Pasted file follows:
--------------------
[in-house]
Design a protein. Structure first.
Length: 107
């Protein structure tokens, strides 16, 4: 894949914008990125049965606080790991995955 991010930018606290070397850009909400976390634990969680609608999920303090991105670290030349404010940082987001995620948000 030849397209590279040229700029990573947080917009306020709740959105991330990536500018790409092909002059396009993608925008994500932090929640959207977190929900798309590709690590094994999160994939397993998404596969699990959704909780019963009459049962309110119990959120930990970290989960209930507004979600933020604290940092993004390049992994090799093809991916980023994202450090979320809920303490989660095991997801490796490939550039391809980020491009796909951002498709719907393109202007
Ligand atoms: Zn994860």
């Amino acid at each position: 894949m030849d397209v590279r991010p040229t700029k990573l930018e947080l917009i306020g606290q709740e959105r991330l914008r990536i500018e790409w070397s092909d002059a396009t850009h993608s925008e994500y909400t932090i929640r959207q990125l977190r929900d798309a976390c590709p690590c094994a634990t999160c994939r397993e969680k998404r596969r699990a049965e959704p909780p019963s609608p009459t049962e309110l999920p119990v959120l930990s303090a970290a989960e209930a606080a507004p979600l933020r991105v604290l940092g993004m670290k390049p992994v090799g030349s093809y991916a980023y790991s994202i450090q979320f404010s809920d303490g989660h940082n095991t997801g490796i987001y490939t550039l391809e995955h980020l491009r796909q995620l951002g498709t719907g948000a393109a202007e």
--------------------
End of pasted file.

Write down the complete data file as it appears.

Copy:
[in-house]
Design a protein. Structure first.
Length: 107
């Protein structure tokens, strides 16, 4: 894949914008990125049965606080790991995955 991010930018606290070397850009909400976390634990969680609608999920303090991105670290030349404010940082987001995620948000 030849397209590279040229700029990573947080917009306020709740959105991330990536500018790409092909002059396009993608925008994500932090929640959207977190929900798309590709690590094994999160994939397993998404596969699990959704909780019963009459049962309110119990959120930990970290989960209930507004979600933020604290940092993004390049992994090799093809991916980023994202450090979320809920303490989660095991997801490796490939550039391809980020491009796909951002498709719907393109202007
Ligand atoms: Zn994860």
């Amino acid at each position: 894949m030849d397209v590279r991010p040229t700029k990573l930018e947080l917009i306020g606290q709740e959105r991330l914008r990536i500018e790409w070397s092909d002059a396009t850009h993608s925008e994500y909400t932090i929640r959207q990125l977190r929900d798309a976390c590709p690590c094994a634990t999160c994939r397993e969680k998404r596969r699990a049965e959704p909780p019963s609608p009459t049962e309110l999920p119990v959120l930990s303090a970290a989960e209930a606080a507004p979600l933020r991105v604290l940092g993004m670290k390049p992994v090799g030349s093809y991916a980023y790991s994202i450090q979320f404010s809920d303490g989660h940082n095991t997801g490796i987001y490939t550039l391809e995955h980020l491009r796909q995620l951002g498709t719907g948000a393109a202007e």